A 1960s-era sunken courtyard at the former McGraw-Hill Building is set to rise following a “sweeping transformation,” according to the New York Post. While the current plaza is half-buried and disconnected from the sidewalk, the Rockefeller Group and Italy-based Citterio-Viel & Partners architects have announced plans to raise the public clearing to ground level and knit the streetscape back together. Opened in 1969 as part of the Rockefeller Center complex expansion, the space sits between West 48th and West 49th streets and pays homage to the popular recessed design of the original Rockefeller Plaza. Designed by Wallace Harrison, the plaza currently cuts off retail access from the street. The redevelopment, estimated to cost in the “mid-to-high eight digits,” the Post reports, will fill in the below-ground public space with 2 levels of retail across 35,000 square feet, while turning the topside into a pedestrian-friendly plaza. The architects have chosen to reference the original design by including a large aperture in the center of the space, flanked by a set of descending staircases on each side that looks down on the businesses below. Citterio-Viel & Partners have also proposed updating the pavement to “reflect” the vertical facade of 1221 6th Avenue by extending lighter stone stripes from the base of the building. What’s unclear at this time is what will happen to the public art pieces currently on display. The 50 foot tall stainless steel “Sun Triangle,” designed by futurist Athelstan Spilhaus, has been in the courtyard since the building’s opening but is nowhere to be found in this new rendering. The abstract sculpture references the Earth’s position relative to the sun, with each leg pointed to the sun’s position during solar noon at the summer and winter solstice. One of the few elements of the plaza viewable from the street, the triangle cuts a sharp contrast against the McGraw-Hill Building behind it. Rockefeller Group Senior Vice President Bill Edwards has stated that construction will only begin after an anchor tenant for the retail space has been locked down, with construction estimated to finish in 2019.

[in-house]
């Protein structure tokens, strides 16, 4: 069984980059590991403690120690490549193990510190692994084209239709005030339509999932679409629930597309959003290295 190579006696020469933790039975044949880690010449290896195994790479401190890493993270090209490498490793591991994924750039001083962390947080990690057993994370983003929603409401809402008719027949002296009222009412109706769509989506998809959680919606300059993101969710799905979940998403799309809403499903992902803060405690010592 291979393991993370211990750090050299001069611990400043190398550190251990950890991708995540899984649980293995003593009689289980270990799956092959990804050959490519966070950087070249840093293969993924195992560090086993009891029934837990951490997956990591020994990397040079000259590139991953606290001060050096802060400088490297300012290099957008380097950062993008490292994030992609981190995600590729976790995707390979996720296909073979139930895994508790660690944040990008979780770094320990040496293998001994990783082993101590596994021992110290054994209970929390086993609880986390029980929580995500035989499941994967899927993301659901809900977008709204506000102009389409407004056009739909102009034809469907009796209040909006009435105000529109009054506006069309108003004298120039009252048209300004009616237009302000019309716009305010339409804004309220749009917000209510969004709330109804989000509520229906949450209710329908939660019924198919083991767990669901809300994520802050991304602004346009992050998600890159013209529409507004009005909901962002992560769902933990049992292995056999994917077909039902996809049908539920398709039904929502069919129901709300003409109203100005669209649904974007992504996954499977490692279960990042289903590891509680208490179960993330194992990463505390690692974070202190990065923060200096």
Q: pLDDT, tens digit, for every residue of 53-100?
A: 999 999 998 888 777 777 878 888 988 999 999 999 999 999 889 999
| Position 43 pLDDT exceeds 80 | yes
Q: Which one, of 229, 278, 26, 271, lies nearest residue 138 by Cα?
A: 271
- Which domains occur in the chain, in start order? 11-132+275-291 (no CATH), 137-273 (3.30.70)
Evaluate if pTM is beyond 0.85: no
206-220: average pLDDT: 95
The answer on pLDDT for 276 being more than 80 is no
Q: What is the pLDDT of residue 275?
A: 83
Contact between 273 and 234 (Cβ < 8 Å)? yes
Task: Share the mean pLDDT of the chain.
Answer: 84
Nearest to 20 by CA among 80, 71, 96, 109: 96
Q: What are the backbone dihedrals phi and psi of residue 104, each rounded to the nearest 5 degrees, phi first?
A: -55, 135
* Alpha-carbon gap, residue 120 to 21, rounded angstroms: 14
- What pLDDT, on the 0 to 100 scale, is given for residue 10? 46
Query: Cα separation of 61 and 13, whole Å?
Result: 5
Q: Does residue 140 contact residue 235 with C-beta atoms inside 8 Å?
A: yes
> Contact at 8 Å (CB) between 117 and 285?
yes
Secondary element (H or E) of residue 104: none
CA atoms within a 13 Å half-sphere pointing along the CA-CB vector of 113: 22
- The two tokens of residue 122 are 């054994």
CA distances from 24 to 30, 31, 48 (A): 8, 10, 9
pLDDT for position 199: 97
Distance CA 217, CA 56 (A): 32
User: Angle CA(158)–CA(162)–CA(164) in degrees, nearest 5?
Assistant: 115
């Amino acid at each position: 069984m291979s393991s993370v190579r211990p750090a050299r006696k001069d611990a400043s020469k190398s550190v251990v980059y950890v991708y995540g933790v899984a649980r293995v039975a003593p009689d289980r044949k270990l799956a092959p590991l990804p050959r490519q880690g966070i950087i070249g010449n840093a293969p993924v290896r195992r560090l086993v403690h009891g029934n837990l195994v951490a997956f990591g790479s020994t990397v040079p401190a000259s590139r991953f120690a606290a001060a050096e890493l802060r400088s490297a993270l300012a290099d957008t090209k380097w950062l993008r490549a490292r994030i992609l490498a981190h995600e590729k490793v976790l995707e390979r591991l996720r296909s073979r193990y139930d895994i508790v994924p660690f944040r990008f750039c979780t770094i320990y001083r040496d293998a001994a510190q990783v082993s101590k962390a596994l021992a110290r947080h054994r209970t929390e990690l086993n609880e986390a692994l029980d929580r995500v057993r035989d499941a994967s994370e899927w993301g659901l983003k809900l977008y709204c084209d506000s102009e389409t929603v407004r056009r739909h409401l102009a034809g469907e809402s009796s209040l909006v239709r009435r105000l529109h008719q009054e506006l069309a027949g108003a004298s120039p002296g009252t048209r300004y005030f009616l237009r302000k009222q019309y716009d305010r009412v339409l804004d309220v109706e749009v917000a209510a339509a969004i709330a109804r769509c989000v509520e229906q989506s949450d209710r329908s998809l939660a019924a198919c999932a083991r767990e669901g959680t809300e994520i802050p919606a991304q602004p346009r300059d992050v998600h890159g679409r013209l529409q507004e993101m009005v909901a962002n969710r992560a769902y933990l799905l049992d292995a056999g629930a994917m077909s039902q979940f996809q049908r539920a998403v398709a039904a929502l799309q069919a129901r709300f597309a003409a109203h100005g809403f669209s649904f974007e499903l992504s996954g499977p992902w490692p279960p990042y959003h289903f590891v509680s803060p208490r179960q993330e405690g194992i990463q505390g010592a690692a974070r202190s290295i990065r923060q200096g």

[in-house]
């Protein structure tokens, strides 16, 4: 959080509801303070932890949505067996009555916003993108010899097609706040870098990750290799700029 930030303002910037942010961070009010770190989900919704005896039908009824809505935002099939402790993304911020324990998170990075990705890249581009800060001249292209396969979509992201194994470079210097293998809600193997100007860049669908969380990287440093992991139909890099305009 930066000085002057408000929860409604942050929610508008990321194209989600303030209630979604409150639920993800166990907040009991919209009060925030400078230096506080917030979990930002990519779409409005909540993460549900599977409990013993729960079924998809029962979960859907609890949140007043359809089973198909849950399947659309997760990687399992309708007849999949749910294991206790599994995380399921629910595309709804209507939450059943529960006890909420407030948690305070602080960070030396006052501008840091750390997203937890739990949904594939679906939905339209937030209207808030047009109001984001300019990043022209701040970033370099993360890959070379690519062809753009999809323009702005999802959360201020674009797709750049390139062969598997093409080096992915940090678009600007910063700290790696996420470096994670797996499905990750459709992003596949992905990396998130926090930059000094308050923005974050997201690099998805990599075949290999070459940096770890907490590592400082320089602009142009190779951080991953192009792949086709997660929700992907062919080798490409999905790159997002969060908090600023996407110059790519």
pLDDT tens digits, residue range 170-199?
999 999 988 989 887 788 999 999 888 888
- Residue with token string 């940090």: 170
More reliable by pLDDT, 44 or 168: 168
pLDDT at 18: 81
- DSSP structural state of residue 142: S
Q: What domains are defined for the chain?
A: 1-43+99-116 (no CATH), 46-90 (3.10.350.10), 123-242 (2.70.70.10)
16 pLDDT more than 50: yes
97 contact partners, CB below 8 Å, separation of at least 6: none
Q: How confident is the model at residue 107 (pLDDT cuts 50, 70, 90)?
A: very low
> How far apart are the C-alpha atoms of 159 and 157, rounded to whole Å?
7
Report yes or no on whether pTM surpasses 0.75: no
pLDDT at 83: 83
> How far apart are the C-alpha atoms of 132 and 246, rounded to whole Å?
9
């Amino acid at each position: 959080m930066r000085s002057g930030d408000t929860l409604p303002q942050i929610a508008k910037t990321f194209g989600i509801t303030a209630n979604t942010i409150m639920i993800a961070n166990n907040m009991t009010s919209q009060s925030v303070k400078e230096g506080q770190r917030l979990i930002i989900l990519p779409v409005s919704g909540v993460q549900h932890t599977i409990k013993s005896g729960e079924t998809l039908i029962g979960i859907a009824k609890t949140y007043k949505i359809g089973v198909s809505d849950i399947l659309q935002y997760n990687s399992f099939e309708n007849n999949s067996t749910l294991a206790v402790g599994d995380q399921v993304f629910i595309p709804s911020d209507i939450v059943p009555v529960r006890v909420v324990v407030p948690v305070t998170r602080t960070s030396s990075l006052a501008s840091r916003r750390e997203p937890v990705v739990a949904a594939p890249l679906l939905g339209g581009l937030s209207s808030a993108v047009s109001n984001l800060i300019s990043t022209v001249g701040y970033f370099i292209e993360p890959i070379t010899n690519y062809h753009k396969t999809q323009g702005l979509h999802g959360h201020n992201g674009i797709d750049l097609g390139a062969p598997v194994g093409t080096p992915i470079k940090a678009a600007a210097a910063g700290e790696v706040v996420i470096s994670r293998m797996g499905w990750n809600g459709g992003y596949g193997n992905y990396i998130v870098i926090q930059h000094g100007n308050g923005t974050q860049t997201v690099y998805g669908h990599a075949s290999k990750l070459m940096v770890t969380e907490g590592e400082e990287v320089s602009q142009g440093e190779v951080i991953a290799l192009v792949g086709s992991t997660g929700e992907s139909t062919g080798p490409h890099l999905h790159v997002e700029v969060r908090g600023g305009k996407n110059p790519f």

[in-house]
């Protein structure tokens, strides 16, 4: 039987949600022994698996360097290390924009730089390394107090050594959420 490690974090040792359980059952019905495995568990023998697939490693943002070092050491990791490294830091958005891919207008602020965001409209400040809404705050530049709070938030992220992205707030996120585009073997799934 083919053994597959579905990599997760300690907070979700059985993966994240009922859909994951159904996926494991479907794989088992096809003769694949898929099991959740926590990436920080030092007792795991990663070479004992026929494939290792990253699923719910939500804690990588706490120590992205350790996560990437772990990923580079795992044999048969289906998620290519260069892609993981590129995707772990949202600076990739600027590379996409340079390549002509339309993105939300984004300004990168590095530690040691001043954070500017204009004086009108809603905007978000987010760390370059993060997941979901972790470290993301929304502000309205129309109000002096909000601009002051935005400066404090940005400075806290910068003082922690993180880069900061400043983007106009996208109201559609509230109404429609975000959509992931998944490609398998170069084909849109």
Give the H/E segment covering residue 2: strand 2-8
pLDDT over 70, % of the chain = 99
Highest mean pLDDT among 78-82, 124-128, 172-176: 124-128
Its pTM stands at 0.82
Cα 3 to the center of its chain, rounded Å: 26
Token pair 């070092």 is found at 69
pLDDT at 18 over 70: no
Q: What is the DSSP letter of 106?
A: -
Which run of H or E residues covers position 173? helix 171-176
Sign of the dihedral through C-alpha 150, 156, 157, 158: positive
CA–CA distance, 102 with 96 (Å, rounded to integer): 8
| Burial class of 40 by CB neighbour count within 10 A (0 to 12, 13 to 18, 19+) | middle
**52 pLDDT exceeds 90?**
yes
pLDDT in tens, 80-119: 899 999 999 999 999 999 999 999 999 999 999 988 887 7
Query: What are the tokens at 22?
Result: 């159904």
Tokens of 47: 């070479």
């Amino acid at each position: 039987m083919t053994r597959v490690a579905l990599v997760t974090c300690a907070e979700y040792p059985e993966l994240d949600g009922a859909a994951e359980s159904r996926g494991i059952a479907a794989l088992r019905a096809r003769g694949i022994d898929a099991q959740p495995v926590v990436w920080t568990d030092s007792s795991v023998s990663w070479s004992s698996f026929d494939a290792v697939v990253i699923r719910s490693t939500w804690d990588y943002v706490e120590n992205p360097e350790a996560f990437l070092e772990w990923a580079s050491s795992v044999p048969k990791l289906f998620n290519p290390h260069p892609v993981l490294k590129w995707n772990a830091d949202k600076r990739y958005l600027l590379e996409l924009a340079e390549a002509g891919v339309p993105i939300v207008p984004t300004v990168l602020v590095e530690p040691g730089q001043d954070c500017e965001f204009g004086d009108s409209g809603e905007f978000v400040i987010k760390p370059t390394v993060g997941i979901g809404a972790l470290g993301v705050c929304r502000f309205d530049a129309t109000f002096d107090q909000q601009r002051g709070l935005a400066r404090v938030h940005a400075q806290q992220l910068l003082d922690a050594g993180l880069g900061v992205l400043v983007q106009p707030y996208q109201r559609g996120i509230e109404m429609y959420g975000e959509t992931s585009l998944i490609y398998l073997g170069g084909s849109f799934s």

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Design professionals are being sought for a consulting role to provide a conditions assessment of the historic First Presbyterian Church complex in Stamford, Connecticut. As part of a multi-year campaign to repair, conserve, restore, and upgrade the complex, the selected team will be expected to complete an architectural analysis of the current conditions of the building and provide recommendations for its rehabilitation and restoration as part of Phase I. Phase II will see the implementation of these concepts by the same selected team. The complex in question includes the magnificent Wallace K. Harrison-designed sanctuary, completed in 1958, the 56-bell carillon tower, a community/education wing, and the surrounding 10-acre grounds. Over 20,000 pieces of faceted glass dapple the hushed sanctuary with its vaulted roof in sun-drenched color. The church itself is often likened to a fish, a symbol of early Christianity, and it, along with its sweeping complex, occupies an eminent spot on the Connecticut State Register of Historic Places. The conditions assessment in Phase I will help anticipate capital needs and outside grant funding needs in 2016 from the State Historic Preservation Office of the Connecticut Department of Economic and Community Development, as well as private foundations. Specifically, the chosen architect should earmark and document comprehensive repair needs for the envelopes, structure and MEP systems, and the interior finishes, and then also provide recommendations and a phasing framework for the restoration. The facade itself is notoriously water-permeable and lacks weatherproofing, made from béton glass secured to side wall concrete panels with caulking. As such, high on the checklist for the chosen architect is to examine the extent of moisture infiltration of the sanctuary Dalle de verre and improve climate control in the sanctuary to facilitate summer use. The architect should also observe the structural movement of the Carillon Tower, with the end objective of establishing a preliminary project scope and expected cost of repairs in compliance with SOIS, budget, and schedule. The Highland Green Foundation and Fish Church Conservancy will oversee the entire multi-year restoration campaign, and will provide the architect with digital files of the original construction drawings of the complex. Leaders of the proposed teams must attend a mandatory walk-through at the church on July 9, 2015, at 10:00 a.m. RFQs must be received at the church office (1101 Bedford St) by 3:00 p.m. on July 24, 2015. For more information about entry requirements and the judging panel, click here.